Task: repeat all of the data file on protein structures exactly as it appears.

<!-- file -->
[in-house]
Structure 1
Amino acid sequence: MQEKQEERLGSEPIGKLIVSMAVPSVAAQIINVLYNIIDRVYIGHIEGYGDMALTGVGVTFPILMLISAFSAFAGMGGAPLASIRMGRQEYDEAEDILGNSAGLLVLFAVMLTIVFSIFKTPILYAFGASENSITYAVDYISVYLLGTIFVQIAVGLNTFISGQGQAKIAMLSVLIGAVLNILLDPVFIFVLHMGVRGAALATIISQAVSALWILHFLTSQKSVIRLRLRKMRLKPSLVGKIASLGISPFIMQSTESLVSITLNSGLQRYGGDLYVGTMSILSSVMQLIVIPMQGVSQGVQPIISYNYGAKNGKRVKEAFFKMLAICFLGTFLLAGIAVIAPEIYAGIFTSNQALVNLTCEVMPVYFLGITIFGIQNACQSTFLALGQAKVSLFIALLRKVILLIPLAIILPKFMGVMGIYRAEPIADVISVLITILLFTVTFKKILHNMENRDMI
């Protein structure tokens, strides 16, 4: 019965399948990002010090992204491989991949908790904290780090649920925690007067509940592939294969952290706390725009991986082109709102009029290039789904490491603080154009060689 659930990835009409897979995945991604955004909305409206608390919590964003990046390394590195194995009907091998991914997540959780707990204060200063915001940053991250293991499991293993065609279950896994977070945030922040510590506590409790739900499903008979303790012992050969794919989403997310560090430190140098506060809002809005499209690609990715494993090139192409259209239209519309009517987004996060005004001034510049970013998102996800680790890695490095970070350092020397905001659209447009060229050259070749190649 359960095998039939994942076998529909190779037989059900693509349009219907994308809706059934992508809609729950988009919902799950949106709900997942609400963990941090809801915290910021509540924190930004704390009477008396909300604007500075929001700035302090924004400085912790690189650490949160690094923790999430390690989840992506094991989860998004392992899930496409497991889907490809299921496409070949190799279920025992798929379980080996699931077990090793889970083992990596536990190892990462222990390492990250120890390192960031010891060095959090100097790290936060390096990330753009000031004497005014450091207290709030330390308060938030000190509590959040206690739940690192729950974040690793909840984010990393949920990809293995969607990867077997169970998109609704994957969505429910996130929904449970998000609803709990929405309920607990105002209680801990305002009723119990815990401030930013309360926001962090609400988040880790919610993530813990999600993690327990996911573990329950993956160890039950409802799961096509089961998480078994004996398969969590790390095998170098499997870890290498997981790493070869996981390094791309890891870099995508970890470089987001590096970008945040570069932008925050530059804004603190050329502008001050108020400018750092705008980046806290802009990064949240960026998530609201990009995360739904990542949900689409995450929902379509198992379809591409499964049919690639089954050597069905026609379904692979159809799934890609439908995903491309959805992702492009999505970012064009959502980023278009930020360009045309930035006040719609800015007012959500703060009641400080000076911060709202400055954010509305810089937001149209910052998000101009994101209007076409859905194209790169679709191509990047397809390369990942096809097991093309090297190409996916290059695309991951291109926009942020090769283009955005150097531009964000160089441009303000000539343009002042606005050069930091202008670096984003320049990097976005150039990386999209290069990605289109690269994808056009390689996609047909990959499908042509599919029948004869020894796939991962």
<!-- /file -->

[in-house]
Structure 1
Amino acid sequence: MQEKQEERLGSEPIGKLIVSMAVPSVAAQIINVLYNIIDRVYIGHIEGYGDMALTGVGVTFPILMLISAFSAFAGMGGAPLASIRMGRQEYDEAEDILGNSAGLLVLFAVMLTIVFSIFKTPILYAFGASENSITYAVDYISVYLLGTIFVQIAVGLNTFISGQGQAKIAMLSVLIGAVLNILLDPVFIFVLHMGVRGAALATIISQAVSALWILHFLTSQKSVIRLRLRKMRLKPSLVGKIASLGISPFIMQSTESLVSITLNSGLQRYGGDLYVGTMSILSSVMQLIVIPMQGVSQGVQPIISYNYGAKNGKRVKEAFFKMLAICFLGTFLLAGIAVIAPEIYAGIFTSNQALVNLTCEVMPVYFLGITIFGIQNACQSTFLALGQAKVSLFIALLRKVILLIPLAIILPKFMGVMGIYRAEPIADVISVLITILLFTVTFKKILHNMENRDMI
């Protein structure tokens, strides 16, 4: 019965399948990002010090992204491989991949908790904290780090649920925690007067509940592939294969952290706390725009991986082109709102009029290039789904490491603080154009060689 659930990835009409897979995945991604955004909305409206608390919590964003990046390394590195194995009907091998991914997540959780707990204060200063915001940053991250293991499991293993065609279950896994977070945030922040510590506590409790739900499903008979303790012992050969794919989403997310560090430190140098506060809002809005499209690609990715494993090139192409259209239209519309009517987004996060005004001034510049970013998102996800680790890695490095970070350092020397905001659209447009060229050259070749190649 359960095998039939994942076998529909190779037989059900693509349009219907994308809706059934992508809609729950988009919902799950949106709900997942609400963990941090809801915290910021509540924190930004704390009477008396909300604007500075929001700035302090924004400085912790690189650490949160690094923790999430390690989840992506094991989860998004392992899930496409497991889907490809299921496409070949190799279920025992798929379980080996699931077990090793889970083992990596536990190892990462222990390492990250120890390192960031010891060095959090100097790290936060390096990330753009000031004497005014450091207290709030330390308060938030000190509590959040206690739940690192729950974040690793909840984010990393949920990809293995969607990867077997169970998109609704994957969505429910996130929904449970998000609803709990929405309920607990105002209680801990305002009723119990815990401030930013309360926001962090609400988040880790919610993530813990999600993690327990996911573990329950993956160890039950409802799961096509089961998480078994004996398969969590790390095998170098499997870890290498997981790493070869996981390094791309890891870099995508970890470089987001590096970008945040570069932008925050530059804004603190050329502008001050108020400018750092705008980046806290802009990064949240960026998530609201990009995360739904990542949900689409995450929902379509198992379809591409499964049919690639089954050597069905026609379904692979159809799934890609439908995903491309959805992702492009999505970012064009959502980023278009930020360009045309930035006040719609800015007012959500703060009641400080000076911060709202400055954010509305810089937001149209910052998000101009994101209007076409859905194209790169679709191509990047397809390369990942096809097991093309090297190409996916290059695309991951291109926009942020090769283009955005150097531009964000160089441009303000000539343009002042606005050069930091202008670096984003320049990097976005150039990386999209290069990605289109690269994808056009390689996609047909990959499908042509599919029948004869020894796939991962």